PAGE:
Apple Hill to continue renovations, virtual recitals in 50th year | Local News |

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The internal construction of the rehearsal space is at the top by the Nelson Apple Hill Chamber Music Center. The Apple Hill String Quartet above was performed in a video conference. From left: Elise Kuder, violin; Jesse MacDonald, violin; Rupert Thompson, cello; Mike Kelley, viola.

The existing rehearsal space at the Apple Hill Chamber Music Center in Nelson is being expanded.

Last month, the external structure of Nielsen’s rehearsal space at the Apple Hill Chamber Music Center is shown in the picture.

On summer nights, Nelson’s Apple Hill Chamber Music Center.

During the pandemic, Apple Hill String Quartet held a video conference. From left: Elise Kuder, violin; Jesse MacDonald, violin; Rupert Thompson, cello; Mike Kelley, viola.

During the ongoing modernization project, the Hoffman Community Auditorium at the Apple Hill Chamber Music Center in Nelson includes a recording studio.

Nelson-After a public health emergency interrupted its usual programming and cut its income, Apple Hill Chamber Music Center entered Nelson's sixth year, and things became less normal.

But the organization is

According to director Leonard Matczynski, the company usually accommodates hundreds of students on its 100-acre campus each summer-it has transferred some of its products online and is working on several years to revitalize its facilities .

Matczynski joined Apple Hill as a lecturer in the 1980s. He said that construction has resumed after the site was temporarily suspended.

He said that the organization's facility modernization began in 2010, and it has been 40 years since the organization moved from Hinsdale to its current location on Apple Hill Road. In the past ten years, Apple Hill has built a 60-seat Hoffman Community Auditorium, which can be heated all year round, and has refurbished most of its 24 living cabins.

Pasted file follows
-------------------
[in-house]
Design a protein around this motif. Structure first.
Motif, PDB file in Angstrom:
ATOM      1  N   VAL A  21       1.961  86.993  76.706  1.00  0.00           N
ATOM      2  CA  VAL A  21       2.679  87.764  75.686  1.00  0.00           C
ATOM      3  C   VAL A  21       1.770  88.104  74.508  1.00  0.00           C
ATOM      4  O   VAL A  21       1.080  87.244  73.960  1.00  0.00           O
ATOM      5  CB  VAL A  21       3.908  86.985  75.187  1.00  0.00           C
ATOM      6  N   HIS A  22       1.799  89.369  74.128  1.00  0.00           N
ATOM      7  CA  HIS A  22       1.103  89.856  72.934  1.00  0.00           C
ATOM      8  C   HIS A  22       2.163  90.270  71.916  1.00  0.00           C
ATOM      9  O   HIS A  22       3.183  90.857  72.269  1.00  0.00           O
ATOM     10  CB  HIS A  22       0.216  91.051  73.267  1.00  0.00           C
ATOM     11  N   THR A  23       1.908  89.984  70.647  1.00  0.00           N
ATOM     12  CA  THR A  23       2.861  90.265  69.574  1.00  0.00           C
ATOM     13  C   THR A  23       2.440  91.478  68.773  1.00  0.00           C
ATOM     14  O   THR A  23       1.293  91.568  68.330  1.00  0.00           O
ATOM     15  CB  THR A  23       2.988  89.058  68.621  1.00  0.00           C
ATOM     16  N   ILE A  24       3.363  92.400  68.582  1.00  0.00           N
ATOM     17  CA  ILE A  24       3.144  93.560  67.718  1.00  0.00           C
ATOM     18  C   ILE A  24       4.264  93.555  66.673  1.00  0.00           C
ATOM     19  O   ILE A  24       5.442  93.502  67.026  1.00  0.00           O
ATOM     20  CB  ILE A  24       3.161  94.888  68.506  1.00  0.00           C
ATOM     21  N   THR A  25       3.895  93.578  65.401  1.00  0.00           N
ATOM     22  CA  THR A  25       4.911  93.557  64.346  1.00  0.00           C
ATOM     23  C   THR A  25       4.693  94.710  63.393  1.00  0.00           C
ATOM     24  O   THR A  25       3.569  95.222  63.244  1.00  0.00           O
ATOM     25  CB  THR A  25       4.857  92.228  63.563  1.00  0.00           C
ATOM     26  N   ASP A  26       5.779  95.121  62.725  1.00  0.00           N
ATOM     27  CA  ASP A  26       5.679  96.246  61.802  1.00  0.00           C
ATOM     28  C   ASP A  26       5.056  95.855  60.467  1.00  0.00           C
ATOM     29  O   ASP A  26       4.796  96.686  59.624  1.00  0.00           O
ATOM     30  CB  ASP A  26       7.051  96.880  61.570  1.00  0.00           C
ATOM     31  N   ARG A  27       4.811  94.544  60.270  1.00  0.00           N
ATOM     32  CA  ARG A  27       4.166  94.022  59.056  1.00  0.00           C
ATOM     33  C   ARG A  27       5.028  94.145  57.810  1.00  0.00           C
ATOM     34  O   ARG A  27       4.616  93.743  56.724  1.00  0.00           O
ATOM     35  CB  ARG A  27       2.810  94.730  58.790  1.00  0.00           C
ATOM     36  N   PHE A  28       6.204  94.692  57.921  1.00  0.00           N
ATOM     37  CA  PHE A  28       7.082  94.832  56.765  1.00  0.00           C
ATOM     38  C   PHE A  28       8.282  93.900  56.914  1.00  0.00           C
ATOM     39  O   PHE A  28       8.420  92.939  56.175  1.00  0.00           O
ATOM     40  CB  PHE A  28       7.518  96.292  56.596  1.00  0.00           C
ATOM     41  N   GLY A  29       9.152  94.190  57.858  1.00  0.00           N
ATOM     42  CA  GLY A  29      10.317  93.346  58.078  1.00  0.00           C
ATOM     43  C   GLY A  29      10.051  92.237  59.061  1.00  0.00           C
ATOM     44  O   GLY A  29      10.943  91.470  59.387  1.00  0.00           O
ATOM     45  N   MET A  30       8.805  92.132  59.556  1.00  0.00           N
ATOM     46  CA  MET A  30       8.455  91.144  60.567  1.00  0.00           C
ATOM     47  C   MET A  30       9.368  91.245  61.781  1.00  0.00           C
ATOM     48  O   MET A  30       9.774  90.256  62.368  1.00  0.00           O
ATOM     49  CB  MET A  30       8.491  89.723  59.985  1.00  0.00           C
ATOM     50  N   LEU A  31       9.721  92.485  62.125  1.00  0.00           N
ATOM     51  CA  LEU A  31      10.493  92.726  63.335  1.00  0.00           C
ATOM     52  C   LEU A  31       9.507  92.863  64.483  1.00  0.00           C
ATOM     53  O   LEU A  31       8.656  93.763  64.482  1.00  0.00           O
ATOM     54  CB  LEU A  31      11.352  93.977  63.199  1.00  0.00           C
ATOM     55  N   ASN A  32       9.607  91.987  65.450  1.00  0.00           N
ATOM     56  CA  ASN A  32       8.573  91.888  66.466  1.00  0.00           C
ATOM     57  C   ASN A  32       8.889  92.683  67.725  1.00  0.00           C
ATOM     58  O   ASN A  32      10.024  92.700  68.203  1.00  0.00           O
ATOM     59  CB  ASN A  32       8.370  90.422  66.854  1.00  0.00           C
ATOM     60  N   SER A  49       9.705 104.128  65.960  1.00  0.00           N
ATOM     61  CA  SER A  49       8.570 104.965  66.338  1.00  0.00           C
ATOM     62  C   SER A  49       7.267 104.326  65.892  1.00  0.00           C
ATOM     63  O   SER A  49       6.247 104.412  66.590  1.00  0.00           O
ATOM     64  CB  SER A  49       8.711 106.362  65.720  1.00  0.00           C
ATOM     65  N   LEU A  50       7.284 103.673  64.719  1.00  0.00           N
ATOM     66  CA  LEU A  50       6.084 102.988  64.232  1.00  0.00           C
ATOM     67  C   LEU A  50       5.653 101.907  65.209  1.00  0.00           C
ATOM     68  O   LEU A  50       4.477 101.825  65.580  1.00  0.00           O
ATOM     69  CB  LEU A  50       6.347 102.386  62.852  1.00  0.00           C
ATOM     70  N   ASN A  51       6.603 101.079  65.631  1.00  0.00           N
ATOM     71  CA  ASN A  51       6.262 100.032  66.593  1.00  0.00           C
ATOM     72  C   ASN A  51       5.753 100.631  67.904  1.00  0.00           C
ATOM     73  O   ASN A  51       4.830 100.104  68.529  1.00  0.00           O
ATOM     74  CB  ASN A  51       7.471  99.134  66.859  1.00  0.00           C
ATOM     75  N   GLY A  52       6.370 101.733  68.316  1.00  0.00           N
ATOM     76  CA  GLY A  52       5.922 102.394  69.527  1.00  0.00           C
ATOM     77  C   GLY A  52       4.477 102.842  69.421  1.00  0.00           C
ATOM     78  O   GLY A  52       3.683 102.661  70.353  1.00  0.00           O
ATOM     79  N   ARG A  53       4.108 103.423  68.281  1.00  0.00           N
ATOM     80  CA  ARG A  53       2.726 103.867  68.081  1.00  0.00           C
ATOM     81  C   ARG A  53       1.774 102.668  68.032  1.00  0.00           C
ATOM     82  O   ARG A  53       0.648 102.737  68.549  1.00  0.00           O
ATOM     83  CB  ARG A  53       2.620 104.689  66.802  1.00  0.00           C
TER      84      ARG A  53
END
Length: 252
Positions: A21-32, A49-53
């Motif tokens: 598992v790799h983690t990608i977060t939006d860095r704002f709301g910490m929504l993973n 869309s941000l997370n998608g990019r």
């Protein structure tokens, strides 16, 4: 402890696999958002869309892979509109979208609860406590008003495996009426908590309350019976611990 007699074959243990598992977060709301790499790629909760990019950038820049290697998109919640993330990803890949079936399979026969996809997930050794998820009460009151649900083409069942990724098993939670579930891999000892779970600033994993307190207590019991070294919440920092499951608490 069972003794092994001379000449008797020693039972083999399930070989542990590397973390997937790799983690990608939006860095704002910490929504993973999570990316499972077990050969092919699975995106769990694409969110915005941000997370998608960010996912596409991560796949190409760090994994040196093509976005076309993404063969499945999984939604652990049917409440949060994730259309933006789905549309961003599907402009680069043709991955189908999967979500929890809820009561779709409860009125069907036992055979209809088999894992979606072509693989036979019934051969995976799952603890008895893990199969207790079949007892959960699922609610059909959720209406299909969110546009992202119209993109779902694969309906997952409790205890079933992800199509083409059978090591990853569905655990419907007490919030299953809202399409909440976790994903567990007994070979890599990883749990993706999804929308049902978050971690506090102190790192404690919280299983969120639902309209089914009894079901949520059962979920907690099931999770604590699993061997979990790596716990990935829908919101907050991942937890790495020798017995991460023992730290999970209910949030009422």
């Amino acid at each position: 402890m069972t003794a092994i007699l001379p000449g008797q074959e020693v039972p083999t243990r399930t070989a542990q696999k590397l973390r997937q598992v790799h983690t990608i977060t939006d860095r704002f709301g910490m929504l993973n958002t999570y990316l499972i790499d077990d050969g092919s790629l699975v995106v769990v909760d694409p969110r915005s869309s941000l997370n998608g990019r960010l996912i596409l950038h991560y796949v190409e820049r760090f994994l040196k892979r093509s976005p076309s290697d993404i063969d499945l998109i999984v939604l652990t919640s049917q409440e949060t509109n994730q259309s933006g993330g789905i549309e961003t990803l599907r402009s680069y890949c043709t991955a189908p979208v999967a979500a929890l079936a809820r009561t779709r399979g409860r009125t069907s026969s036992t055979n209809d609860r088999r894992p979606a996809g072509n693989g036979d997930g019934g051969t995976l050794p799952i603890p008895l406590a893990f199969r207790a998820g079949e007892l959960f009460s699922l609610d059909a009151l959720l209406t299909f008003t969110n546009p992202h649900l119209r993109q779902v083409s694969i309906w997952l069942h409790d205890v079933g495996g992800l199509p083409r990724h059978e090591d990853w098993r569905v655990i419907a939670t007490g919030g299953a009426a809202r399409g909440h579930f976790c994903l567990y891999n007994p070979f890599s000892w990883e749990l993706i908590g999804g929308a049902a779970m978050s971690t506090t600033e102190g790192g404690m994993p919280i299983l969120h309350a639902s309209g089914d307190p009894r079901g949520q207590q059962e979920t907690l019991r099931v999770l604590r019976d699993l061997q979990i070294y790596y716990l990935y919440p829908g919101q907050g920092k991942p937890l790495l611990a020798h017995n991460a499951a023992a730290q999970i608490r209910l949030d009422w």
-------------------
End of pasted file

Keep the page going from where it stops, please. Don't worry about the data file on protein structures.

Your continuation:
Matczynski said: "Every building we renovate or build is very necessary." "This makes everything at Apple Hill look new."

But last spring, when he realized that Apple Hill might have to cancel its construction, the construction stopped.

Due to the epidemic, approximately 300 students are attracted each year.

Matczynski predicts that if there is no tuition for the program, and it is also expected that the quartet and other Apple Hill performers’ solo performances will result in loss of ticket sales, Matczynski expects revenue for the year to fall by 45%. He suspended construction, hoping to transfer financial issues to the project instead of letting financial issues affect the organization's nine employees. (According to Matczynski, all nine people stayed in Apple Hill.)

He said: "To me, it seems unethical." "So when we figure out what we are going to do, we just put it on hold."

According to Matczynski, there was no significant programming expense last year, and Apple Hill cut its operating budget by about a third. He explained that it has made up for the remaining revenue losses in private fundraising and government programs, and has received nearly $20,000 from the federal CARES Act through the state government.


Matczynski said Apple Hill resumed construction in September.

He said that the current work is concentrated in the center of the campus, including expanding the kitchen and rehearsal room, adding three new practice rooms and installing new utility equipment. He expects these projects to be completed in June 2021, and the subsequent phases will last until at least 2025.

The violent quartet singer Mike Kelley (Mike Kelley) has been involved in Apple Mountain activities since he was a student in Apple Mountain in 1986. He said he hopes that larger facilities will help Apple Mountain resume in-person teaching later this year.

He said: "If we want to have a group that can rehearse (during rehearsal) next summer, then these large spaces will be very important."


, Apple Hill has adapted to remote programming. Last summer, Nielsen’s non-profit organization held three-week educational meetings through pre-recorded video conferences, each of which was planned by another member of the quartet, who also served as music director.

The quartet – Kelley, violinists Elise Kuder and Jesse MacDonald, and cellist Rupert Thompson – recorded eight recitals, which were released last year on the social media platform of the non-profit organization . According to Kelly, these activities give students in Apple Hill more opportunities to listen to the group's voices than in a typical summer.

He said: "We are really used to being intimate and personal with the audience." "...It is difficult not to be able to do this, but I think there is always a glimmer of hope."

The organization has also developed a plan to celebrate its 50th anniversary remotely.

, And other programming, including a photo review of its history.

Another ray of hope for the pandemic: Matczynski, who became a director in 2008,

In February last year, he will resign from his position in March 2021 and postpone his departure to help guide Apple Hill through the drastic changes. He plans to step down in March 2022, when he hoped to be "far and far away" like Scotland or Provence in France.

He said: "The way our organization handles this pandemic with so much love and so much care... shows the entire 50 years of experience." "I think 50 years is necessary for a non-profit organization. It's amazing."

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